Obama’s Homeowner Lifeline Not a Lifeline
Article audio sponsored by The John Birch Society

Obama noted in his speech that “the home mortgage crisis, the financial crisis, and this broader economic crisis are all interconnected, and we can’t successfully address any one of them without addressing them all.” True enough, though not in the way Obama would have us believe. The money that the government will siphon from the American economy to pay for “bailout” after “bailout,” ostensibly to rescue the economy, will cause even more economic havoc. That havoc will include lost jobs, and the lost jobs will compound the foreclosure crisis that the new $75 billion “lifeline” is supposed to address.


The president also stated that “all of us have to learn to live within our means again.” Of course! If we insist on living above our means, we will end up living below our means, at least for a period of time. But there is a difference between President Obama’s rhetoric and his actions regarding “living within our means.” The day before announcing his “Homeowner Affordability and Stability Plan” to stem the tide of foreclosures, Obama signed the $787 billion “stimulus” bill into law, which is essentially an attempt to reinflate the economic bubble. At the time of the signing, his yet-to-be-announced homeowner plan was expected to come with a price tag of $50 billion, based on what the administration had previously indicated. But when the plan was announced a day later, the price tag was $75 billion, 50 percent more than expected. That price tag does not include the federal government’s plans to double its stock-portfolio positions — from $100 billion to $200 billion — in each of two government-controlled entities, Fannie Mae and Freddie Mac.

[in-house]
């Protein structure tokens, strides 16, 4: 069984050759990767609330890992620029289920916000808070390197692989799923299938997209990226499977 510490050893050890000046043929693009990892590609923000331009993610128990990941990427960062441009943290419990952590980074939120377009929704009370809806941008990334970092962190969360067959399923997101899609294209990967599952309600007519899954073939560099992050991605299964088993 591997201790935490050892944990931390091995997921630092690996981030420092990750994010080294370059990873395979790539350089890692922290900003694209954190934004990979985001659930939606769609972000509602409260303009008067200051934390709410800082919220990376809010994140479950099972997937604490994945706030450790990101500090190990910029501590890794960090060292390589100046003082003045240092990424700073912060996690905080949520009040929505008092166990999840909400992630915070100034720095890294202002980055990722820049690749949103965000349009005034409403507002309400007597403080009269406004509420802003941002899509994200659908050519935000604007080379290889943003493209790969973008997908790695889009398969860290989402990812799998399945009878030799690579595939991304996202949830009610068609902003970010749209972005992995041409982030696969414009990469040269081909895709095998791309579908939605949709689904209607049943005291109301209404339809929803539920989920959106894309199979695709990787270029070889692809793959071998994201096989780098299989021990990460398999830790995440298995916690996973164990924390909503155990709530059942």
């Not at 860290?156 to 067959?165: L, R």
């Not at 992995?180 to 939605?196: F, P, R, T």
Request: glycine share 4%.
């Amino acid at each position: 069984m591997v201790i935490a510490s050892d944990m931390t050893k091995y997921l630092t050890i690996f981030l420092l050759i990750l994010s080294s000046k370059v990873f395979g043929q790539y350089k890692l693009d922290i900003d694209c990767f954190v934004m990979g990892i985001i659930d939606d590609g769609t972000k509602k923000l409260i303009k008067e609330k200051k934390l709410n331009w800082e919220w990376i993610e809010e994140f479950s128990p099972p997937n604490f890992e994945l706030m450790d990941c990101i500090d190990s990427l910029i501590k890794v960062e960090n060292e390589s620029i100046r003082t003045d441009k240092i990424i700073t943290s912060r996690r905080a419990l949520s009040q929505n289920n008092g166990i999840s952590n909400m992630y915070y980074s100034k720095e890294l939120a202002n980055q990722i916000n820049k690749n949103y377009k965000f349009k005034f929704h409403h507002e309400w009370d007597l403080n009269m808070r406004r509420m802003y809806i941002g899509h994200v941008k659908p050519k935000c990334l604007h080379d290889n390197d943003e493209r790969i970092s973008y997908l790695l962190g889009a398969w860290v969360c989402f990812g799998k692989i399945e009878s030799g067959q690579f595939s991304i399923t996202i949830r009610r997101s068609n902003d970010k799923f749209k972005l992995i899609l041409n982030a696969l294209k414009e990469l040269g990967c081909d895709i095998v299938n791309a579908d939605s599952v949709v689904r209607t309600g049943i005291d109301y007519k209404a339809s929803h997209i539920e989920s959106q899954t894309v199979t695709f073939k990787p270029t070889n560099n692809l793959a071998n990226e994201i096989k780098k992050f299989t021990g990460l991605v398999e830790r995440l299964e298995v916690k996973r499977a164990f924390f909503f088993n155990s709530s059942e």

But President Obama did not talk about how much his plan would cost American taxpayers in his Phoenix speech. He instead focused on what “we” — meaning his administration — will do for us with all of the money being provided:

• “We will make it possible for an estimated 4 to 5 million currently ineligible homeowners who receive their mortgages through Fannie Mae or Freddie Mac to refinance their mortgages at a lower rate.”

• “We will create new incentives so that lenders work with borrowers to modify the terms of sub-prime loans at risk of default and foreclosure.”

• “We will take major steps to keep mortgage rates low for millions of middle-class families looking to secure new mortgages.”

• “We will pursue a wide range of reforms designed to help families stay in their homes and avoid foreclosures.”

And the media basically glossed over the fact that this latest government-thrown “lifeline” to the American people will have to be paid for by the American people — lock, stock, and barrel.

Photo: AP Images